Now think about that person going hungry. Think about that person consumed with worry about how to make ends meet on a fixed income and wondering where they will find the money to buy the groceries they need after paying all their other bills. Think of their desperation as they are forced to choose between paying for the medicine they need or buying food for their table, both of which they need to survive. And let’s not get started on the rent or mortgage.

According to the US Census Bureau, South Carolina is second in the nation for senior citizens who suffer from food insecurity, with 10% of its elderly population living in a constant state of anxiety over how to put food on their tables.  These are individuals who do not have access to healthy and nutritious food sources due to limited income, and/or inadequate transportation.  Since subsisting without consistent nourishing food increases many health risks such as malnutrition, diabetes or hypertension they become locked in a vicious cycle where their health concerns are perpetuated and their health costs continue to spiral, which impacts their ability to buy the food they need to stay healthy.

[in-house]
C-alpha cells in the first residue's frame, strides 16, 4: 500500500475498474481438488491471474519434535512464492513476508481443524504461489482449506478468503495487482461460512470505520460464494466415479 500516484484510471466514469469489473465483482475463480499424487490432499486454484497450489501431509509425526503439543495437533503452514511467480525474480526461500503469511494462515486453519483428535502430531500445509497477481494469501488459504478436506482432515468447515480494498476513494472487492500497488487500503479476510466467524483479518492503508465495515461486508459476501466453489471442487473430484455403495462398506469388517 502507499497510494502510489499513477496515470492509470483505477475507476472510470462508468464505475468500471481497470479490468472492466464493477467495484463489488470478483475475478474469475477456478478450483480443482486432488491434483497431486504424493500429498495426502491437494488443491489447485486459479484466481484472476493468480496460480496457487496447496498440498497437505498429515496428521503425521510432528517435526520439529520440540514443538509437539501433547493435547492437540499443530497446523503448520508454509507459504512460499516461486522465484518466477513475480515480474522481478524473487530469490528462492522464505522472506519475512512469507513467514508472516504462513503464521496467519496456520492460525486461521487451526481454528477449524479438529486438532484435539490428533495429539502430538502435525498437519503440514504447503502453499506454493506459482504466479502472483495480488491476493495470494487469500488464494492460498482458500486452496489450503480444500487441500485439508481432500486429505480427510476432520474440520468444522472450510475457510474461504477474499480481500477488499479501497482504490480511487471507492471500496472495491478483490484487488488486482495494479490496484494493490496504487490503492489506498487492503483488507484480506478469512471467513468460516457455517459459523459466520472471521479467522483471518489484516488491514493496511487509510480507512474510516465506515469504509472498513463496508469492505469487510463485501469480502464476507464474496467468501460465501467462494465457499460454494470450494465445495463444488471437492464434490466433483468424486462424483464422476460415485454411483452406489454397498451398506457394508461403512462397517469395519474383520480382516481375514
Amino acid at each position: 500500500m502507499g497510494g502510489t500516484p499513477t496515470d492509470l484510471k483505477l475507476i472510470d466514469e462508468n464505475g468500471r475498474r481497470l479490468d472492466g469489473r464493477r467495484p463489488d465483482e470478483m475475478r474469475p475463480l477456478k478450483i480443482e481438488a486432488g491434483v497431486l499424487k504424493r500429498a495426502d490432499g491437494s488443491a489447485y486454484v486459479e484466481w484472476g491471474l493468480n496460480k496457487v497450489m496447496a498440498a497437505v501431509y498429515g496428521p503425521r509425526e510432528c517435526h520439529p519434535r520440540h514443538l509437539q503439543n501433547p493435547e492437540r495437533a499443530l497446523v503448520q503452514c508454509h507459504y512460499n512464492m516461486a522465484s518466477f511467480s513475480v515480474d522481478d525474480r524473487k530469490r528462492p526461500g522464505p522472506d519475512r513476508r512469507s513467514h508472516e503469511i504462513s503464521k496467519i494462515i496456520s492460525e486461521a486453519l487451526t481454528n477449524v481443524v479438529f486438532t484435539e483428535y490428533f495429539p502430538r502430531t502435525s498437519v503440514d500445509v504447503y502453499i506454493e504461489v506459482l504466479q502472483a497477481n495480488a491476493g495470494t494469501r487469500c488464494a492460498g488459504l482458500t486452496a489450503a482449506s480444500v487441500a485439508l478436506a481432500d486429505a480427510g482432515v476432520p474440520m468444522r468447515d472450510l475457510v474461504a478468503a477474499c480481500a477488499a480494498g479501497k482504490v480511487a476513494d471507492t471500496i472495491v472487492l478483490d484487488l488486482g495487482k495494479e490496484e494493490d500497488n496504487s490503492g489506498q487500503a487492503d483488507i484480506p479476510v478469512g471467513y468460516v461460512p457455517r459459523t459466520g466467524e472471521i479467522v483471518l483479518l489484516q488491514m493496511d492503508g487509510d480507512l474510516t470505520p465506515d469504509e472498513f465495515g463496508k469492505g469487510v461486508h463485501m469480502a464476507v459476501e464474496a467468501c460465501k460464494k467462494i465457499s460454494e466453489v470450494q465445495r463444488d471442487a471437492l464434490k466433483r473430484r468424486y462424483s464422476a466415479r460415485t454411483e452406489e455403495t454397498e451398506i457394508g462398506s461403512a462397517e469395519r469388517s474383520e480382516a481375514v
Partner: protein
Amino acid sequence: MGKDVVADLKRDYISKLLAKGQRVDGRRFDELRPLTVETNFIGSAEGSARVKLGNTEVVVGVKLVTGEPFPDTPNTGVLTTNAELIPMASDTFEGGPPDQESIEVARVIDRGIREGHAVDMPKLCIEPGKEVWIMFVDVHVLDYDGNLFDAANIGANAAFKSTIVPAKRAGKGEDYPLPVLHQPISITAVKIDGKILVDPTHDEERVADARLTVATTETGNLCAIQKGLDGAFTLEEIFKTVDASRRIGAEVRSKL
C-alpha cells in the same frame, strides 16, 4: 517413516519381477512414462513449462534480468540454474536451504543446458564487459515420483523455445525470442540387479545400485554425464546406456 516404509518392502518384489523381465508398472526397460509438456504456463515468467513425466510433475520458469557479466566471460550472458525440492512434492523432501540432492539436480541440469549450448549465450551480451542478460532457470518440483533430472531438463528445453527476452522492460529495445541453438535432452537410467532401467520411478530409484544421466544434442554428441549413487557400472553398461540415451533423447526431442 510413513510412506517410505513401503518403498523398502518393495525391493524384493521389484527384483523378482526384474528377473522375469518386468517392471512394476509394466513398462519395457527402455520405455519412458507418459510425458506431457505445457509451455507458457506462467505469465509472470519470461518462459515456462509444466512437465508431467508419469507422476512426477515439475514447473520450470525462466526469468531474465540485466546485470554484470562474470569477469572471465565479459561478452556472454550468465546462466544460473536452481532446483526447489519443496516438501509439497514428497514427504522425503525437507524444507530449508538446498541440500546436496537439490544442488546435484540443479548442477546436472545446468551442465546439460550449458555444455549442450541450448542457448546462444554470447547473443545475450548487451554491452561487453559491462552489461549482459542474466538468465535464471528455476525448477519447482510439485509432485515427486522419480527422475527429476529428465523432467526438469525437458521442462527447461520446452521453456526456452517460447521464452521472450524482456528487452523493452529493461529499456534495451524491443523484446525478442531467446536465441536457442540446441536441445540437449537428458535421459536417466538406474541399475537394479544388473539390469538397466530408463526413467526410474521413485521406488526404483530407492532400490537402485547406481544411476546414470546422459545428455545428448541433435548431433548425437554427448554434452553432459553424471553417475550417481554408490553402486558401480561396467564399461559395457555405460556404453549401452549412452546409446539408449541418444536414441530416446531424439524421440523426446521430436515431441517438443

The issue of seniors living in poverty and hunger is one we rarely see or hear much about in our country, but a recent episode of the new NBC show Harry’s Law choose to dramatically illustrate their plight with the story of an 87-year-old woman forced to commit armed robbery because she did not have the money to buy food. During the trial both the prosecuting attorney and the title character, lawyer Harriet “Harry” Korn who defended the accused senior, used current hunger and poverty statistics such as 25 million Americans are hungry everyday and 45 million live in poverty. In her summary defense, Harry talks about the shame of hunger and the desperation that seniors must feel after working their whole lives only to discover they cannot pay for their housing, medicine and food. She states in anger: “We live in the richest nation in the world yet one in seven Americans live in poverty.” I am grateful to the producers and writers of this show for dedicating an episode to an issue usually avoided in mainstream media.